Diet is often the first place to start with many health issues and migraines are no different. Although food triggers may differ for every individual, below are foods and beverages that are known to be capable of triggering a migraine:

  • Nitrate-rich foods (i.e. hot dogs, deli meats, bacon, sausage)
  • Chocolate
  • Cheese that contains tyramine (i.e. blue, feta, cheddar, parmesan,
  • and swiss)
  • Alcohol
  • Food additives (MSG)
  • Foods that are very cold such as ice cream
  • Processed foods
  • Pickled foods
  • Cultured dairy products (i.e. buttermilk, sour cream, yogurt)

Additionally, small amounts of caffeine have been known to help prevent or alleviate migraines as it has vasoconstrictive properties, thus it helps blood vessels narrow and restricts blood flow, which reduces the amount of blood and pain messages being sent to the brain.

Ginger, as it is known to be an effective anti-nausea, can be helpful during a migraine attack. It also has been shown to decrease the severity of migraines and the duration in certain studies.

Furthermore, incorporating magnesium into your diet (or supplementation routine) can help prevent migraines. This is because magnesium deficiencies have been linked to headaches and migraines. Studies show that magnesium is particularly effective in preventing menstrual-related migraines as well as combatting the aura stage of the migraine. You can get magnesium from foods that include:

  • Almonds
  • Sesame seeds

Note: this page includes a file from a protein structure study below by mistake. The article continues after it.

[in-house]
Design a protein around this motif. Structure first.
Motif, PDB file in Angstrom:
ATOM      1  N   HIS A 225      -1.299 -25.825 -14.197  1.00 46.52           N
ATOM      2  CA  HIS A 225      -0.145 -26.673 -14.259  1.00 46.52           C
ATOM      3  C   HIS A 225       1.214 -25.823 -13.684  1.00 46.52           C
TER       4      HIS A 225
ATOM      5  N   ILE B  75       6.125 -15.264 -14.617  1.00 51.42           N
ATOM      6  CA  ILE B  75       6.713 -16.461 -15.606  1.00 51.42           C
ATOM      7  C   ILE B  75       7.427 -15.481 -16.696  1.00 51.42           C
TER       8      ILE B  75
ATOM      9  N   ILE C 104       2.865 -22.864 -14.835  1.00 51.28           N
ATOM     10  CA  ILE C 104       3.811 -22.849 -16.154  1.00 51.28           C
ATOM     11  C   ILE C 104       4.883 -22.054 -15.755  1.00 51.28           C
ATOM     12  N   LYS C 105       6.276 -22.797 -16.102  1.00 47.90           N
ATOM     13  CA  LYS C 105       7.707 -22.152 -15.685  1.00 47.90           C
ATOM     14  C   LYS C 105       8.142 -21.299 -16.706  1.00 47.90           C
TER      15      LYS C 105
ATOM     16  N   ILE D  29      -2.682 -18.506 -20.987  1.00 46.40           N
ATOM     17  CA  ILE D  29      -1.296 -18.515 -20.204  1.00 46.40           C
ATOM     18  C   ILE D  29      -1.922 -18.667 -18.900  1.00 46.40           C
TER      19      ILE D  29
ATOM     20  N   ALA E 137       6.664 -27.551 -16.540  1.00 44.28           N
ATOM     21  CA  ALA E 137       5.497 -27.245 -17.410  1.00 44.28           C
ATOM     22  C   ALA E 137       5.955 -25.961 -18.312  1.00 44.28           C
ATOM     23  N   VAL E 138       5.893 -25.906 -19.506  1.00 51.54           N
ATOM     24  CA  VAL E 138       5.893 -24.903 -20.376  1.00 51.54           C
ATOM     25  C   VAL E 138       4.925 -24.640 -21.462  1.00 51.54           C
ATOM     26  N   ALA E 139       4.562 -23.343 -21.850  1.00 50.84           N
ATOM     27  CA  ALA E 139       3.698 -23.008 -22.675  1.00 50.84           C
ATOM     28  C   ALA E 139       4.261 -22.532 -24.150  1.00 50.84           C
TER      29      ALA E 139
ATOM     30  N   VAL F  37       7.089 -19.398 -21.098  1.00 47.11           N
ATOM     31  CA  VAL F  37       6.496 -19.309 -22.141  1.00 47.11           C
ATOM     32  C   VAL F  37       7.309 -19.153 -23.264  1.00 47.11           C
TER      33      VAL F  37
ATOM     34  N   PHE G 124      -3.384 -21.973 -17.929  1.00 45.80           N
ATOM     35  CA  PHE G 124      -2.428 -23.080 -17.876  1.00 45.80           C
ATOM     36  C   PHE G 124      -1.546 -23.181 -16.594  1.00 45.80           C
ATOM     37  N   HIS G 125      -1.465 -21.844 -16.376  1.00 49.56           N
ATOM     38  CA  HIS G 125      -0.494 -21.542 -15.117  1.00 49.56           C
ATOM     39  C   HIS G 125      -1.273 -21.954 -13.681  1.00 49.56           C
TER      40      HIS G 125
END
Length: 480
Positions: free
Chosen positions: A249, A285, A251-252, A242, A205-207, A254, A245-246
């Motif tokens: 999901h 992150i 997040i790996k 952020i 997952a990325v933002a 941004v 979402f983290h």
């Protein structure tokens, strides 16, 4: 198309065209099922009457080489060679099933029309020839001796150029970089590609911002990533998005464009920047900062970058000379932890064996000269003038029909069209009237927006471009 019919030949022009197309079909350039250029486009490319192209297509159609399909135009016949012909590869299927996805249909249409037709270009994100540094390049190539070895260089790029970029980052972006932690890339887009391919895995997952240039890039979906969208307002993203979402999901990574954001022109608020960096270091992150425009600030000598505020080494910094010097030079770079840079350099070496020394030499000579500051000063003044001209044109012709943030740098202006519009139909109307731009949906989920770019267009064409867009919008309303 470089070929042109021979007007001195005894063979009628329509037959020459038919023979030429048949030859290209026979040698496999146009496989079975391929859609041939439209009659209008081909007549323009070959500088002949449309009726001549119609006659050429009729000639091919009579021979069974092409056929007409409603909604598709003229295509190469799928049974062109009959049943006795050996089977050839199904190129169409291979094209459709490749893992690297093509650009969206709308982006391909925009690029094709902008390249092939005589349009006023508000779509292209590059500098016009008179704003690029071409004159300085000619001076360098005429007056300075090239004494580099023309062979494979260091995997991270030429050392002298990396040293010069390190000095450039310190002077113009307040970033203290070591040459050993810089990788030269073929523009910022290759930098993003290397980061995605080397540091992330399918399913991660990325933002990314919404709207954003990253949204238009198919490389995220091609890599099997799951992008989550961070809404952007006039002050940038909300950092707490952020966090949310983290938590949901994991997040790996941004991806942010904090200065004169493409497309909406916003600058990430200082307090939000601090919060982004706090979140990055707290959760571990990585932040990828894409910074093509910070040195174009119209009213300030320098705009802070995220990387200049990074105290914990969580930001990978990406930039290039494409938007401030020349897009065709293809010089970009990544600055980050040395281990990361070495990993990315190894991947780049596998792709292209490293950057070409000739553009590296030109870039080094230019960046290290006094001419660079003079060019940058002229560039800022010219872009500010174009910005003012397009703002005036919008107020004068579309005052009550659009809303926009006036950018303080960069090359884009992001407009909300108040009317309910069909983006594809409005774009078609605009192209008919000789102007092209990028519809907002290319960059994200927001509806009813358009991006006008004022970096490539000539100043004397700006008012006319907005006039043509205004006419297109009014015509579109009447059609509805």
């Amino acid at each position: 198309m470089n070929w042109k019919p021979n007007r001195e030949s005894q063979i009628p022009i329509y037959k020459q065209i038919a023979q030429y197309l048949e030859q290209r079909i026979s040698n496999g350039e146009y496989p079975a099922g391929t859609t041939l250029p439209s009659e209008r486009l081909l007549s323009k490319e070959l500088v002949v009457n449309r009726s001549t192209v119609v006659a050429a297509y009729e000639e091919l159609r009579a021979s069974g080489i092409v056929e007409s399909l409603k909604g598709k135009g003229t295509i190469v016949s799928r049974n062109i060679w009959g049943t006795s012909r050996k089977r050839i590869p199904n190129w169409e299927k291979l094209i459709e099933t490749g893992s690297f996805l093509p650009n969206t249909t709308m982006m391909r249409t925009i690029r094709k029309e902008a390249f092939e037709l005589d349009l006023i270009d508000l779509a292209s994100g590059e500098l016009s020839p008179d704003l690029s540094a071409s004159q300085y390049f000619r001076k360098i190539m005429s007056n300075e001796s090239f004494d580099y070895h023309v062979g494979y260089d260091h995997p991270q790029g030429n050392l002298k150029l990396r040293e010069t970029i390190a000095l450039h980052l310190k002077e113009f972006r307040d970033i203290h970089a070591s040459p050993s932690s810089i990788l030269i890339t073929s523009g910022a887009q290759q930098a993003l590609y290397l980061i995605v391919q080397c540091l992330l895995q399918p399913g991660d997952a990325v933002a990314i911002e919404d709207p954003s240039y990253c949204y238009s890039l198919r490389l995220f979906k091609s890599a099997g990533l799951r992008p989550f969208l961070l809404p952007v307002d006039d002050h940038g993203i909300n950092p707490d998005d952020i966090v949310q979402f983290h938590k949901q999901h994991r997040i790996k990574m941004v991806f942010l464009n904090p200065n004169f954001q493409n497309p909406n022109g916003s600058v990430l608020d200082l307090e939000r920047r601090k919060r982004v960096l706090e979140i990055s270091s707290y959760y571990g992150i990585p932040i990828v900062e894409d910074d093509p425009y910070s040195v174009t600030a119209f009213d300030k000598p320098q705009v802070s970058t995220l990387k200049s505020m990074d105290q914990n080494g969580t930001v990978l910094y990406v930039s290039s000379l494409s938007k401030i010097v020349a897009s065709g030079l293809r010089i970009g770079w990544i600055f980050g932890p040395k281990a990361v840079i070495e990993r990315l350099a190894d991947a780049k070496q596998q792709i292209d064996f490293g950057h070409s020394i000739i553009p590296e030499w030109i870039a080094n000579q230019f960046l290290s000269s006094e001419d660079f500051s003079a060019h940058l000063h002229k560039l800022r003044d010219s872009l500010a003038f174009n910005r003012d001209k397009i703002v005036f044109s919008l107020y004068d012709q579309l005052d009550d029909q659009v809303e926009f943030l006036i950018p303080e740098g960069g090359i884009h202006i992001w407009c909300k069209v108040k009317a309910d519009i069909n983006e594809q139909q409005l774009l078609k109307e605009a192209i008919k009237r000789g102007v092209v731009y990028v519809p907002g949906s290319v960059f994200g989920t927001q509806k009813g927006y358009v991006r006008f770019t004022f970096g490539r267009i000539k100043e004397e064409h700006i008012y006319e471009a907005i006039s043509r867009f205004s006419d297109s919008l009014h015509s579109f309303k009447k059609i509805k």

• Sunflower seeds
  • Brazil nuts
  • Cashews
  • Oatmeal
  • Eggs

Incorporate Essential Oils Lavender Oil

Essential oils have become an increasingly popular natural remedy.

According to a study, people who inhaled lavender oil during a migraine attack for 15 minutes experienced faster and greater relief than those who inhaled a placebo. Lavender oil can be inhaled directly or applied in diluted amounts to the temples.

Additionally, peppermint oil, due to the fact it contains menthol, has been shown to help migraine sufferers. A 2010 study found that applying a menthol solution such as peppermint oil to the forehead and temples was more effective than the placebo for those experiencing pain, nausea, and light sensitivity during their migraine.

Practice Yoga and Relaxation Techniques

Because yoga uses a combination of breathing techniques, meditation, and various body postures to promote health and well-being, it can be used to combat migraines. In fact, research suggests that yoga can relieve the frequency, duration, and intensity of migraines, potentially due to its positive effects on vascular health (which could help release pressure on migraine-trigger areas).

Acupressure is another relaxation technique that can help relieve migraine pain and frequency. Acupressure consists of applying pressure with the fingers and hands to specific points on the body to relieve pain and other symptoms. Reseach suggests that acupressure is a credible alternative therapy for people with chronic pain, headaches, migraines, and other health issues.

Messages have also been shown to help those who suffer from migraines as they can help improve sleep quality, reduce anxiety, decrease heart rate, and decrease cortisol levels. All of these benefits help reduce stress levels and potential migraine triggers.

Seeking Treatment

Although natural remedies can be beneficial in treating and coping with migraines, medical help can still be needed. At Holtorf Medical Group natural, bioidentical hormone replacement therapy (BHRT) can be used to control the fluctuation of progesterone and estrogen levels, causing migraines in women. Botox injections, used in combination with natural hormone replacement, can be a very effective treatment for relieving migraine pain.

Migraines may feel debilitating at times and can leave you feeling hopeless. If you suffer from migraines and feel you are not getting the help you need, contact Holtorf Medical Group today.